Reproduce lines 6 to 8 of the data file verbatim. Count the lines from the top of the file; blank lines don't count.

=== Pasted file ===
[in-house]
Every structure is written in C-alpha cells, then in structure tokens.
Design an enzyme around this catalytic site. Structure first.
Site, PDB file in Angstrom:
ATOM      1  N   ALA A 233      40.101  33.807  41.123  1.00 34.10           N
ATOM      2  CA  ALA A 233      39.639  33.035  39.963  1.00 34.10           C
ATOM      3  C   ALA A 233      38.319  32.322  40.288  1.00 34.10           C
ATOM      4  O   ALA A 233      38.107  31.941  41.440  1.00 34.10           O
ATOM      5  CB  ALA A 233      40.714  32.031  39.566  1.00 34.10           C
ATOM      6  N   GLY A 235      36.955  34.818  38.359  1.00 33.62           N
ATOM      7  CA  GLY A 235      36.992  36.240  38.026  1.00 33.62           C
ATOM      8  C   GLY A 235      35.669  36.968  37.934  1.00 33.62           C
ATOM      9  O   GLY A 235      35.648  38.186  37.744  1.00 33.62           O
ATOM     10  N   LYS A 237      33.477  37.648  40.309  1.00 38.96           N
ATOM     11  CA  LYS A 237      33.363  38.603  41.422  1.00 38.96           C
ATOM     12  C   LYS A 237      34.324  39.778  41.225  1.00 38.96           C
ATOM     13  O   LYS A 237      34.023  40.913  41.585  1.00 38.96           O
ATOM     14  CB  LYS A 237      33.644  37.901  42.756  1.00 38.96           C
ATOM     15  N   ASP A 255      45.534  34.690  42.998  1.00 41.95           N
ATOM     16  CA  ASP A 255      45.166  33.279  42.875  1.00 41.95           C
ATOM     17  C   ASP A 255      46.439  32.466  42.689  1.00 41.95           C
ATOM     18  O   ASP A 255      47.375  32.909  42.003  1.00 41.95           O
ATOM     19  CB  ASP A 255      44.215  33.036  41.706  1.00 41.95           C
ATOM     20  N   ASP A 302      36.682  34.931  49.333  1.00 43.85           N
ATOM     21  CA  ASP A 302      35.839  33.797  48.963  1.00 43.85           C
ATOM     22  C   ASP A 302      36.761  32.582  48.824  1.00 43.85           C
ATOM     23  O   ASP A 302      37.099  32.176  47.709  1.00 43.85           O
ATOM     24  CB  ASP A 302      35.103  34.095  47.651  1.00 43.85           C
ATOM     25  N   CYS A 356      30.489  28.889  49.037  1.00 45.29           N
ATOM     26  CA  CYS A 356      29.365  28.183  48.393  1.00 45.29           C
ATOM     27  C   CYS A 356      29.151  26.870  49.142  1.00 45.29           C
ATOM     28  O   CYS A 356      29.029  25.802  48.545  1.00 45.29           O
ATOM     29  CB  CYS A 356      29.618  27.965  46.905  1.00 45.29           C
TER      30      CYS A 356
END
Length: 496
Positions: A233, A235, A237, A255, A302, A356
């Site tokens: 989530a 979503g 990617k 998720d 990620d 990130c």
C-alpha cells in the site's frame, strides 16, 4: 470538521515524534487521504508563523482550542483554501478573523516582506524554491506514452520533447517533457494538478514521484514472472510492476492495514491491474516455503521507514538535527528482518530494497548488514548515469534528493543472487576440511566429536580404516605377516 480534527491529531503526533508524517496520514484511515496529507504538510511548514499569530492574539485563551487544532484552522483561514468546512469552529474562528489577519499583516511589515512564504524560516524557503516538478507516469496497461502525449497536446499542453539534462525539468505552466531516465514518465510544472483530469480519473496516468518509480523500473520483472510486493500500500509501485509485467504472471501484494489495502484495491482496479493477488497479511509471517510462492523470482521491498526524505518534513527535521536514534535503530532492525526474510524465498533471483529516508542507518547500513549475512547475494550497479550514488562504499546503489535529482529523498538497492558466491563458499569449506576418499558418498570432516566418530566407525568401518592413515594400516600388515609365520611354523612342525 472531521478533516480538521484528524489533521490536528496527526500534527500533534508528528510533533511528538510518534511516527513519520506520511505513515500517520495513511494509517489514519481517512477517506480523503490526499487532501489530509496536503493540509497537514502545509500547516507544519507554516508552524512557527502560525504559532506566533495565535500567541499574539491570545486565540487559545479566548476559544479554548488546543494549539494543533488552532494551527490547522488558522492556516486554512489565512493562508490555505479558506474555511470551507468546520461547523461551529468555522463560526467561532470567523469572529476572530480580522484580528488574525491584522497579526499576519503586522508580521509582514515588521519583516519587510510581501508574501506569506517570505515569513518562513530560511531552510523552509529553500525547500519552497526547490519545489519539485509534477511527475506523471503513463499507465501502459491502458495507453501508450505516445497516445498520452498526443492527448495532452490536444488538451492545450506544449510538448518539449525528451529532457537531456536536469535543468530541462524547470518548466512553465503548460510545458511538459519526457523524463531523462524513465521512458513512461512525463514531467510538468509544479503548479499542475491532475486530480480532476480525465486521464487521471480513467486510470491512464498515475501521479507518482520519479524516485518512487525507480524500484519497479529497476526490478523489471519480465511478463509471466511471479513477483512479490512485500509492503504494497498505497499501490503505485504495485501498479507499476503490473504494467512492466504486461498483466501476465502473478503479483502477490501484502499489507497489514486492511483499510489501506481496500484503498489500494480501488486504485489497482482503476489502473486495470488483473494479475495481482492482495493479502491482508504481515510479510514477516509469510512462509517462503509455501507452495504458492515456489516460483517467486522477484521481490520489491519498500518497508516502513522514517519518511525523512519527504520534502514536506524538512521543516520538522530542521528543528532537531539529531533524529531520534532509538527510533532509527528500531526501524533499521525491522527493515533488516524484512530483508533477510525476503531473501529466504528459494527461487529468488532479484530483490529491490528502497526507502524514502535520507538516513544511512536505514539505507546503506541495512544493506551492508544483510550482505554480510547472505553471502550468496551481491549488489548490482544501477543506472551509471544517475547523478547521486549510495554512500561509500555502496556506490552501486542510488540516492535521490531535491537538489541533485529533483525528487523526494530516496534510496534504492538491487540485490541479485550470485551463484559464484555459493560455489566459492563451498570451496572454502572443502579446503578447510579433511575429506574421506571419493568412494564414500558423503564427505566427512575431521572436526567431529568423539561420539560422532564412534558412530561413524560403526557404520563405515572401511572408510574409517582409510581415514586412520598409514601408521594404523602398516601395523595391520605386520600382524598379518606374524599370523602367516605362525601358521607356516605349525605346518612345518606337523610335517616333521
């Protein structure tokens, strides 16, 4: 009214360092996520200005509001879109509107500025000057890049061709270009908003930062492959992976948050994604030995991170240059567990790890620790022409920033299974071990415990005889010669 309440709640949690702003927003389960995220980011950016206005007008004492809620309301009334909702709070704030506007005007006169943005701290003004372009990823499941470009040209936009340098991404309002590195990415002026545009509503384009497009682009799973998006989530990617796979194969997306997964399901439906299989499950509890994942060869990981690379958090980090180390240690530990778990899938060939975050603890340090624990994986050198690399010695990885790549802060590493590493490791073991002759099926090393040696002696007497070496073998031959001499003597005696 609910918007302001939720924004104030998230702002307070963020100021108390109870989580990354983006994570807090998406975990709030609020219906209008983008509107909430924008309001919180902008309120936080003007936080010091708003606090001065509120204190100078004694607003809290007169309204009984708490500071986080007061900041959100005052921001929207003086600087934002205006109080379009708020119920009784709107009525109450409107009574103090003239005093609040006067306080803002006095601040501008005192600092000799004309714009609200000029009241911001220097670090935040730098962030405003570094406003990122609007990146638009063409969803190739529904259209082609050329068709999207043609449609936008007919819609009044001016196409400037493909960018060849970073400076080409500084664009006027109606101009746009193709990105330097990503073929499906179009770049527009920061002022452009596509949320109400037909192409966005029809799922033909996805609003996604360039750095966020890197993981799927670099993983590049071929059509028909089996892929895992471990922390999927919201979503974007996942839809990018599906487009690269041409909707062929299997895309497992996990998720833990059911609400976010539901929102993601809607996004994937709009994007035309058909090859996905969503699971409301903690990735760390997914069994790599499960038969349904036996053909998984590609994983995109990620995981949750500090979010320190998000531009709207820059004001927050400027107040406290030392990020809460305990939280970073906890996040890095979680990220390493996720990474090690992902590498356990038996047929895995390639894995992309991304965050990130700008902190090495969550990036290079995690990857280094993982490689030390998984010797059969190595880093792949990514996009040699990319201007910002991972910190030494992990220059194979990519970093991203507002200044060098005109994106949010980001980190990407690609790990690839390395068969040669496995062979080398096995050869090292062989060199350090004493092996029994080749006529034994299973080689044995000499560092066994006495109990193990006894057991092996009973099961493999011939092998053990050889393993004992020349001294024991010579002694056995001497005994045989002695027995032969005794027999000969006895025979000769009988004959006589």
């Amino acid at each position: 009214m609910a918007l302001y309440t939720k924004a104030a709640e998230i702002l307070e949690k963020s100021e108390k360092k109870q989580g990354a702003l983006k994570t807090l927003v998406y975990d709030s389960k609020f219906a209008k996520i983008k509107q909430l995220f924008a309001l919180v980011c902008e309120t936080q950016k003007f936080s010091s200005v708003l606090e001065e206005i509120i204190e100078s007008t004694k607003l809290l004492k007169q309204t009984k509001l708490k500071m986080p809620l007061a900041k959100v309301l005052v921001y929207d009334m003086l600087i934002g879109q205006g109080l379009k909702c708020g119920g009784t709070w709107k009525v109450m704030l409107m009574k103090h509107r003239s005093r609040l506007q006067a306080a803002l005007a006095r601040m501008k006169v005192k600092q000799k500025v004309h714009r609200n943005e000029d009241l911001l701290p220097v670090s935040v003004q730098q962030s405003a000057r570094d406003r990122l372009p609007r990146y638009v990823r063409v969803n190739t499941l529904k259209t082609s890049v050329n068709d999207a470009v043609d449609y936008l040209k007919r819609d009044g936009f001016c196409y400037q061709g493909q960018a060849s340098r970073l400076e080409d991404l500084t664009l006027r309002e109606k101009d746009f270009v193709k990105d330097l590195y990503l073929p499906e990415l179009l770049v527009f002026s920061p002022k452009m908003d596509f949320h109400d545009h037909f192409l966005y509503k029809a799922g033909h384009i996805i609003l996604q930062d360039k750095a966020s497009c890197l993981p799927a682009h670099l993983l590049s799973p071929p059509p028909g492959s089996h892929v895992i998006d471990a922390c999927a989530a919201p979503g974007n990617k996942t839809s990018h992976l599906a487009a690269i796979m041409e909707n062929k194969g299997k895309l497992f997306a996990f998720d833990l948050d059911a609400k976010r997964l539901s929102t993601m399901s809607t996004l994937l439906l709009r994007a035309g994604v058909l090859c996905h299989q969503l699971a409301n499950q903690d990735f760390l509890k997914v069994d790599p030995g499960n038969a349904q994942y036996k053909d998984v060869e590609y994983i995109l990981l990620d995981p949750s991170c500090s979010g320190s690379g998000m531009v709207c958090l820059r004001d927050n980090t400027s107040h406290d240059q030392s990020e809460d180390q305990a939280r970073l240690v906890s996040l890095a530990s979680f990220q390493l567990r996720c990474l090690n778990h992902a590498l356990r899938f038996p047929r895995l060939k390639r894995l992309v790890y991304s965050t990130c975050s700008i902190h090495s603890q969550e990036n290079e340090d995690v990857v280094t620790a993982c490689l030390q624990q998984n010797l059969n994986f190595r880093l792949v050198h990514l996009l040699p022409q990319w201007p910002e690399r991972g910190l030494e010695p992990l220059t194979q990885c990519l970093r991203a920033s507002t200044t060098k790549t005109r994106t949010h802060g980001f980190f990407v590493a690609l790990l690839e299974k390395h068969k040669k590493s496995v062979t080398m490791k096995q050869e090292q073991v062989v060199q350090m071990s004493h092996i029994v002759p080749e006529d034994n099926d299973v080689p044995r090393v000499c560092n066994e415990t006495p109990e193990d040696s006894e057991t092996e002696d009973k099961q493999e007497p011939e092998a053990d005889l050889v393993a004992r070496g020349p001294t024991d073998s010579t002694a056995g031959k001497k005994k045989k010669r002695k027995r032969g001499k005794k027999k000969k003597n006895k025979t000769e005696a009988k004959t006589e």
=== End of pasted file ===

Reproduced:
ATOM      2  CA  ALA A 233      39.639  33.035  39.963  1.00 34.10           C
ATOM      3  C   ALA A 233      38.319  32.322  40.288  1.00 34.10           C
ATOM      4  O   ALA A 233      38.107  31.941  41.440  1.00 34.10           O